Top Gear apologises for causing offence

Jeremy Clarkson and Richard Hammond front Burma Special Jeremy Clarkson and Richard Hammond were tasked with building a bridge across the River Kwai in last month's Burma special

Top Gear has apologised for an 'offensive' remark made in the programme's Burma special last month.

Presenter Jeremy Clarkson used the word 'slope' in double reference to the inadequacies of a self-made bridge and to an Asian man who was crossing it at the time.

Some people regard 'slope' as a derogatory term for those of Asian descent.

'When we used the word 'slope' in the recent Top Gear Burma Special it was a light-hearted word play joke referencing both the build quality of the bridge and the local Asian man who was crossing it,' said Andy Wilman, Top Gear executive producer.

'We were not aware at the time, and it has subsequently been brought to our attention, that the word 'slope' is considered by some to be offensive and although it might not be widely recognised in the UK, we appreciate that it can be considered offensive to some here and overseas, for example in Australia and the USA,' he added.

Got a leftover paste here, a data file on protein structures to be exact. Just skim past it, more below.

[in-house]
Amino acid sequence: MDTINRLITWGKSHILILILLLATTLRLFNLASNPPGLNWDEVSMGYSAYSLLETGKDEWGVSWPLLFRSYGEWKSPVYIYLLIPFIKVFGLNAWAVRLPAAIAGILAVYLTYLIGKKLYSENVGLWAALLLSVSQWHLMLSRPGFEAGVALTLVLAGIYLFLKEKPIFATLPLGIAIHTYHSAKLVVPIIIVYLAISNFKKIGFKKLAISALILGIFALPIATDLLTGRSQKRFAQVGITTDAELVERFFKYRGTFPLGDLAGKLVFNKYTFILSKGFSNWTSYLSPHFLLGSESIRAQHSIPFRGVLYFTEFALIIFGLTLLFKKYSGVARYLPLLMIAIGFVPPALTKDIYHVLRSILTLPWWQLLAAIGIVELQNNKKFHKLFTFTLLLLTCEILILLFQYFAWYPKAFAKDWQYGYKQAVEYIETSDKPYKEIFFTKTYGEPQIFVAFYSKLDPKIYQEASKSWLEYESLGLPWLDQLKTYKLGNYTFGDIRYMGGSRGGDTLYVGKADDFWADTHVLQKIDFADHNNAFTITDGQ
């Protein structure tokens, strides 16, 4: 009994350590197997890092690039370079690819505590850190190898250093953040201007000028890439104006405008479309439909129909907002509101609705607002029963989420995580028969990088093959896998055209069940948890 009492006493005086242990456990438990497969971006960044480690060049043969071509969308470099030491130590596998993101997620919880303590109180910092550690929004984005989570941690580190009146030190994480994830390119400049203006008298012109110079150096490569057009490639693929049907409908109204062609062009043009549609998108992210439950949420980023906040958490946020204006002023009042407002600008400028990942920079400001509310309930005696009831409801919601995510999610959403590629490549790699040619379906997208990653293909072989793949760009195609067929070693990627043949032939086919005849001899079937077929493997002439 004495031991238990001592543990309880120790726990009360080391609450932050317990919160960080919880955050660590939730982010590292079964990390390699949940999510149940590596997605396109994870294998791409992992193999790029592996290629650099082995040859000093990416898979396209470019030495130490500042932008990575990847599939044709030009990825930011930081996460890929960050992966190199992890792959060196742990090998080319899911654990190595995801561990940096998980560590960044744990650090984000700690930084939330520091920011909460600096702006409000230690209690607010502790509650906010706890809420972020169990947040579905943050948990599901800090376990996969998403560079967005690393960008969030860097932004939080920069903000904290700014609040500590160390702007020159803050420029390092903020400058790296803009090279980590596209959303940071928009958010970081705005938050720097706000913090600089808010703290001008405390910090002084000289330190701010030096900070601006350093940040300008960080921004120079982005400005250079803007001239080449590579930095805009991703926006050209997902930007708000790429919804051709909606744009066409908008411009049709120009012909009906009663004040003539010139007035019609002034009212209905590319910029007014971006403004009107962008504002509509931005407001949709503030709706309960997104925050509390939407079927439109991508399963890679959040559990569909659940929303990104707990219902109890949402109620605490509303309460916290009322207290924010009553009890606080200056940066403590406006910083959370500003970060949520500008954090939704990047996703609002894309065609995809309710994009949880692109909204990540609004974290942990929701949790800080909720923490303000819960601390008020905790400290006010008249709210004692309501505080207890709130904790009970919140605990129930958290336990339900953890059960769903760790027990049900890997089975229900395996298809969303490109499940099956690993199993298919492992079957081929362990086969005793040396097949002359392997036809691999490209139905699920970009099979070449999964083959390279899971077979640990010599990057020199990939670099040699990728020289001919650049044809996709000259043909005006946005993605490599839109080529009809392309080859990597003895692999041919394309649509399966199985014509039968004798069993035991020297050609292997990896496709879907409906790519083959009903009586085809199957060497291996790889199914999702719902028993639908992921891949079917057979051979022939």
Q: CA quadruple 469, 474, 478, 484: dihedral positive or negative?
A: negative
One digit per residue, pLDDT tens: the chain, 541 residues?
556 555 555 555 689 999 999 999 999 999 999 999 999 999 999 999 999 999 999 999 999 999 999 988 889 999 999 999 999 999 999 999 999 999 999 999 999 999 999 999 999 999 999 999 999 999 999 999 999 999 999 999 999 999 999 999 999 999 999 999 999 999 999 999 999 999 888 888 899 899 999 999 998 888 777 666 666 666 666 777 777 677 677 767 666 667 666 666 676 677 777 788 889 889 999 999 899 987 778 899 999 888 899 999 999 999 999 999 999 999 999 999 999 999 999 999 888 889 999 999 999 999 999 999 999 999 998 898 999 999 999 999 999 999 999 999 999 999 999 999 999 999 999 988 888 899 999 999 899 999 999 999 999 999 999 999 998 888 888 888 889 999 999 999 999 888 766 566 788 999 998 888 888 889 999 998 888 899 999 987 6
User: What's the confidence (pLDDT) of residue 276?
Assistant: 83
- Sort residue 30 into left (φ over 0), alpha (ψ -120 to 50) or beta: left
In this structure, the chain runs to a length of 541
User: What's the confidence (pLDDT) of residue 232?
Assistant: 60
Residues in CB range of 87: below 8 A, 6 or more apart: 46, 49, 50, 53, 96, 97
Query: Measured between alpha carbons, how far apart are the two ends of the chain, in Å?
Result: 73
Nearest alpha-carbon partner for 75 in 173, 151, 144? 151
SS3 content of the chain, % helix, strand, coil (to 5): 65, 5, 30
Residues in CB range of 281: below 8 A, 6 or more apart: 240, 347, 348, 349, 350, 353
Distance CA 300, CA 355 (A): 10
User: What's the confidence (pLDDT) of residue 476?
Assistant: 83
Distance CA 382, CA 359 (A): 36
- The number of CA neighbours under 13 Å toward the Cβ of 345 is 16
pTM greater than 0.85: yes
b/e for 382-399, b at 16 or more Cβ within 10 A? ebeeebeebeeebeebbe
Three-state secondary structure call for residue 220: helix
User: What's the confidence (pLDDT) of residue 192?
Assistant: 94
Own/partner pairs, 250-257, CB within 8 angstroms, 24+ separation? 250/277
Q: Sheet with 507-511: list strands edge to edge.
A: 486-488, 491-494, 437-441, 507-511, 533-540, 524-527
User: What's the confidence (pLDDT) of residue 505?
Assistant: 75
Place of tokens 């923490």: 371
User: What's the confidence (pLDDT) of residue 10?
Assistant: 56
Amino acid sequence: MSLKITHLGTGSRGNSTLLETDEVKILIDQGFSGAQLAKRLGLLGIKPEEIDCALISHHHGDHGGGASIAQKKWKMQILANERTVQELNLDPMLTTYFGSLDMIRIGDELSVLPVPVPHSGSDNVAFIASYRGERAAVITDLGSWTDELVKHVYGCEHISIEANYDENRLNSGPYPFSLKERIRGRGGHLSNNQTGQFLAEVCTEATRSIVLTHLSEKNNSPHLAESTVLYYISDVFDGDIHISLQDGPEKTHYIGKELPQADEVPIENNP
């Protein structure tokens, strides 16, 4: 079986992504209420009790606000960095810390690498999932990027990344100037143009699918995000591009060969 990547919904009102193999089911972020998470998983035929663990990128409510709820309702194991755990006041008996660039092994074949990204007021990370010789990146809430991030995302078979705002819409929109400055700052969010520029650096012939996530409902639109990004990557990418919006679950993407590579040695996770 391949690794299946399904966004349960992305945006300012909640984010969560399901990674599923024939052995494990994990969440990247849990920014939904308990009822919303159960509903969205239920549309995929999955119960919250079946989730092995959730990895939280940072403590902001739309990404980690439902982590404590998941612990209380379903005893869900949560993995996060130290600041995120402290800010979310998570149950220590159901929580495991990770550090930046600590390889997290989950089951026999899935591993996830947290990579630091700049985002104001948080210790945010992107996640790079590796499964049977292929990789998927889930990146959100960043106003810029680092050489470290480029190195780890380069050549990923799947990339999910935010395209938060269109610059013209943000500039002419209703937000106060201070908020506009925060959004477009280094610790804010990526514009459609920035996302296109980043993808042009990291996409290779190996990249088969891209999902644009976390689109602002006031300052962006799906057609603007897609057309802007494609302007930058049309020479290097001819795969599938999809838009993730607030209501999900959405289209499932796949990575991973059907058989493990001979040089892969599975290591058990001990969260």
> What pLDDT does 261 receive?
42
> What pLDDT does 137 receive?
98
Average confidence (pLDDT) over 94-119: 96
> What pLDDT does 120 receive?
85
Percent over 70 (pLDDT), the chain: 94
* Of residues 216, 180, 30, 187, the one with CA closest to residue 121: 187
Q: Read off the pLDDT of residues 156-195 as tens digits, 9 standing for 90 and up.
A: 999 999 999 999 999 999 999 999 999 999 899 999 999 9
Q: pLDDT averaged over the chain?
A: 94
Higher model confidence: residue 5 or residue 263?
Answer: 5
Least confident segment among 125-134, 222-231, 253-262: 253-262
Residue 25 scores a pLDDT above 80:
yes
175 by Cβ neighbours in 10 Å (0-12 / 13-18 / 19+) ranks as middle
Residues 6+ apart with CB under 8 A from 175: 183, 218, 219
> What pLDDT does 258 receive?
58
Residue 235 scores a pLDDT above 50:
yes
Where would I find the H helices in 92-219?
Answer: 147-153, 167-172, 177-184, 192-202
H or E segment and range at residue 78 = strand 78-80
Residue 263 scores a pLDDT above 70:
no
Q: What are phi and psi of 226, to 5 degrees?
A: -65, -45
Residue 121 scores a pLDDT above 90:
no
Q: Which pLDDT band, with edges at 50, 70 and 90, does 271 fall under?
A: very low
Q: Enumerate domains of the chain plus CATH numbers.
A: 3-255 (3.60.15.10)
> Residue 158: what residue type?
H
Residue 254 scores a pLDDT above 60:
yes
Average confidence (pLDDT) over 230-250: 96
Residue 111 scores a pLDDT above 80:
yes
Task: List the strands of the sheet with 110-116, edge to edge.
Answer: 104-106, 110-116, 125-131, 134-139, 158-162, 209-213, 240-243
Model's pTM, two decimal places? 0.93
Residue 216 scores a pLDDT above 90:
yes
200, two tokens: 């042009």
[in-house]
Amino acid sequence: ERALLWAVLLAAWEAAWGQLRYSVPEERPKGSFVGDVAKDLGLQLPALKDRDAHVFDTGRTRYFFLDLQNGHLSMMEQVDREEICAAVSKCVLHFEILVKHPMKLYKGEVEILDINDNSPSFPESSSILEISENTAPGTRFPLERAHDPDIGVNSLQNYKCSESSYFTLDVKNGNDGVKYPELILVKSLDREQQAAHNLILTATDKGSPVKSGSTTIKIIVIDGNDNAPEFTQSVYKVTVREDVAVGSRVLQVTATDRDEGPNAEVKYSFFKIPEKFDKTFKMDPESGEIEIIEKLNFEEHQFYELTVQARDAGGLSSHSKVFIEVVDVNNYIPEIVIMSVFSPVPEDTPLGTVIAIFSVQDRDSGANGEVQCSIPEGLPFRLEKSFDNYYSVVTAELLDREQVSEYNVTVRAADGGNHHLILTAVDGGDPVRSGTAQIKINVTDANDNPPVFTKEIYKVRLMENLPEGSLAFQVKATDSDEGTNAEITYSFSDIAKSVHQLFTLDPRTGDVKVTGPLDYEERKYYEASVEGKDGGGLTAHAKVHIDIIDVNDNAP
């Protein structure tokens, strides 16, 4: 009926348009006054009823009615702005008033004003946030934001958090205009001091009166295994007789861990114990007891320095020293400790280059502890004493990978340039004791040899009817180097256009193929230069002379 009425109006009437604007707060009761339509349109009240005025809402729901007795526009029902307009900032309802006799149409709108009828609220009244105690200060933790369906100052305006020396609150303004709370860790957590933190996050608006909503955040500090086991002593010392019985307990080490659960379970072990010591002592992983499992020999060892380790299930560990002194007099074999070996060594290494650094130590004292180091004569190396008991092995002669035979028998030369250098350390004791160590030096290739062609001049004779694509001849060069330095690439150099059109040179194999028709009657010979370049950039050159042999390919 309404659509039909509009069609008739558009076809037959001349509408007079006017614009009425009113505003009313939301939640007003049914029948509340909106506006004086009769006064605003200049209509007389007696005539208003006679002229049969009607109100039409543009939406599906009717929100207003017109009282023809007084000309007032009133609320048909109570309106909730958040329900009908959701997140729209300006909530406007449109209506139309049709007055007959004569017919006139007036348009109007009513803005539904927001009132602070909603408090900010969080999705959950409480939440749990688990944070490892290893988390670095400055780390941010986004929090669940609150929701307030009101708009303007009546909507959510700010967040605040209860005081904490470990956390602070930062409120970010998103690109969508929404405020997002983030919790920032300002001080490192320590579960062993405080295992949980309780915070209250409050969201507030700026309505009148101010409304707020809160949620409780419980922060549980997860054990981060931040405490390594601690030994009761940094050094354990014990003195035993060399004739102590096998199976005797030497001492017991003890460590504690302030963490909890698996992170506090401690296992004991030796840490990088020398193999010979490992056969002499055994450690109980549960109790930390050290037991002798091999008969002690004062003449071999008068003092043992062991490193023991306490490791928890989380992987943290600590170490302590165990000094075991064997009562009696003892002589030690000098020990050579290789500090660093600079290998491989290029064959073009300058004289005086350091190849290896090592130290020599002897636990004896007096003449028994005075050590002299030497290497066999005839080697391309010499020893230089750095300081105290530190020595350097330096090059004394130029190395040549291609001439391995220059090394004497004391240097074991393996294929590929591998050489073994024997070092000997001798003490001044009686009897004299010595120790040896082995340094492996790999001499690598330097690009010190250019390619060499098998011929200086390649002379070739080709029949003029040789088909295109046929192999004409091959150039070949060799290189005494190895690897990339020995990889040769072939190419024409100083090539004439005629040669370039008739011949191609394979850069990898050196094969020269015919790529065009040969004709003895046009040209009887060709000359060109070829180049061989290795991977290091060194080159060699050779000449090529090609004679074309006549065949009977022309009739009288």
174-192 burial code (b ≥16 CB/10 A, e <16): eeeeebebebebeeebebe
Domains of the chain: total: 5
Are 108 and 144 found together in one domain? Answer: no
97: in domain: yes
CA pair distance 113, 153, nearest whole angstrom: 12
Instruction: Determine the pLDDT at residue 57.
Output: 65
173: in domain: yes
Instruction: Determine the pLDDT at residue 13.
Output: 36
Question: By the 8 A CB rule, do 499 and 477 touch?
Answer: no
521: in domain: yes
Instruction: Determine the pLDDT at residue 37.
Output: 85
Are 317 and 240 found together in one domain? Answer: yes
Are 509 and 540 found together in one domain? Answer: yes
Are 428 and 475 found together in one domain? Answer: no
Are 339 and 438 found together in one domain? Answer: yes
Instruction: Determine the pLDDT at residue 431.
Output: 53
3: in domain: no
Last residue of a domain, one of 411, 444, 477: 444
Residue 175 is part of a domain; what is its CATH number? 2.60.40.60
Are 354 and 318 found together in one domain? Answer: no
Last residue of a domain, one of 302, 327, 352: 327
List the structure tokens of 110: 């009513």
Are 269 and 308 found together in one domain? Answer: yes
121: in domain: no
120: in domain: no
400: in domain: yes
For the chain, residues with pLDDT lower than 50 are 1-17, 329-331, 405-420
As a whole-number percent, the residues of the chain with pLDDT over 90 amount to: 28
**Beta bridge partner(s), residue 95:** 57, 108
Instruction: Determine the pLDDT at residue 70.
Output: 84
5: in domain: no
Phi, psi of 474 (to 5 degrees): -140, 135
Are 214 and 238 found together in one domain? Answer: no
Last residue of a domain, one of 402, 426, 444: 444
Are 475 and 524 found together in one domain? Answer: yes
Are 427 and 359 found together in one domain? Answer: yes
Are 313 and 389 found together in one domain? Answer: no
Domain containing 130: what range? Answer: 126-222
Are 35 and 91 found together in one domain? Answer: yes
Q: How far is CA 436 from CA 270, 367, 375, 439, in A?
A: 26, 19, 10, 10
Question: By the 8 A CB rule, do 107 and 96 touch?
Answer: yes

'If we had known that at the time we would not have broadcast the word in this context and regret any offence caused.'

His statement follows a formal complaint about the BBC Two show, broadcast on March 16, from actor Somi Guha.

Law firm Equal Justice, acting on Guha's behalf, said the use of the term contravened the Equality Act 2010 and was an example of 'casual racism'.

'I find it offensive that Jeremy Clarkson refers to people of different races in pejorative terms,' continued the letter, which called for the programme's censure so that 'another race or nation is not targeted'.

Equal Justice also threatened to escalate the complaint via Ofcom if an apology was not issued.

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